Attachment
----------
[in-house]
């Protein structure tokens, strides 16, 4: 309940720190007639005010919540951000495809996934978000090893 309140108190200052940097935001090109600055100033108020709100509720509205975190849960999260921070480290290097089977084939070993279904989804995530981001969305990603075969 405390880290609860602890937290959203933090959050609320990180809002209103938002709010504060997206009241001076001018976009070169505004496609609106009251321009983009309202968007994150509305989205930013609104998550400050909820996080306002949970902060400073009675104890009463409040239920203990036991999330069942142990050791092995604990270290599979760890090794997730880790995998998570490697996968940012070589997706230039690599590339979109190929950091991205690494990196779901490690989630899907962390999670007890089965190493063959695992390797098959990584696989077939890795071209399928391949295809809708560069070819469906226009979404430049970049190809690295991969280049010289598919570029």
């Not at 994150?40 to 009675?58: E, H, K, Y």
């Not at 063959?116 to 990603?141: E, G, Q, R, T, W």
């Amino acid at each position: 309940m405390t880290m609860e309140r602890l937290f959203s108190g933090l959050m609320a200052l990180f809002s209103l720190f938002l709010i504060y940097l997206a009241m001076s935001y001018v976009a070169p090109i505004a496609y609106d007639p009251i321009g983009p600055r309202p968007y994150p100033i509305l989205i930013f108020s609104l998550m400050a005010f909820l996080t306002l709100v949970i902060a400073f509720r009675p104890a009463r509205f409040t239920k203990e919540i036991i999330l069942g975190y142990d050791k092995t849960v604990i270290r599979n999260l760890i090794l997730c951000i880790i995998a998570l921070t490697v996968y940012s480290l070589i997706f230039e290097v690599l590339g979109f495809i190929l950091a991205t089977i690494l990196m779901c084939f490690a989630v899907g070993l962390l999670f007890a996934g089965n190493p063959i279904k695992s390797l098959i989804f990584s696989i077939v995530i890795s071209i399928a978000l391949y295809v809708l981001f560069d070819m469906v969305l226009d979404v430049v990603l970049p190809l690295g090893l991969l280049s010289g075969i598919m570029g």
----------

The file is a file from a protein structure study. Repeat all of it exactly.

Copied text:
[in-house]
């Protein structure tokens, strides 16, 4: 309940720190007639005010919540951000495809996934978000090893 309140108190200052940097935001090109600055100033108020709100509720509205975190849960999260921070480290290097089977084939070993279904989804995530981001969305990603075969 405390880290609860602890937290959203933090959050609320990180809002209103938002709010504060997206009241001076001018976009070169505004496609609106009251321009983009309202968007994150509305989205930013609104998550400050909820996080306002949970902060400073009675104890009463409040239920203990036991999330069942142990050791092995604990270290599979760890090794997730880790995998998570490697996968940012070589997706230039690599590339979109190929950091991205690494990196779901490690989630899907962390999670007890089965190493063959695992390797098959990584696989077939890795071209399928391949295809809708560069070819469906226009979404430049970049190809690295991969280049010289598919570029």
């Not at 994150?40 to 009675?58: E, H, K, Y």
């Not at 063959?116 to 990603?141: E, G, Q, R, T, W």
């Amino acid at each position: 309940m405390t880290m609860e309140r602890l937290f959203s108190g933090l959050m609320a200052l990180f809002s209103l720190f938002l709010i504060y940097l997206a009241m001076s935001y001018v976009a070169p090109i505004a496609y609106d007639p009251i321009g983009p600055r309202p968007y994150p100033i509305l989205i930013f108020s609104l998550m400050a005010f909820l996080t306002l709100v949970i902060a400073f509720r009675p104890a009463r509205f409040t239920k203990e919540i036991i999330l069942g975190y142990d050791k092995t849960v604990i270290r599979n999260l760890i090794l997730c951000i880790i995998a998570l921070t490697v996968y940012s480290l070589i997706f230039e290097v690599l590339g979109f495809i190929l950091a991205t089977i690494l990196m779901c084939f490690a989630v899907g070993l962390l999670f007890a996934g089965n190493p063959i279904k695992s390797l098959i989804f990584s696989i077939v995530i890795s071209i399928a978000l391949y295809v809708l981001f560069d070819m469906v969305l226009d979404v430049v990603l970049p190809l690295g090893l991969l280049s010289g075969i598919m570029g």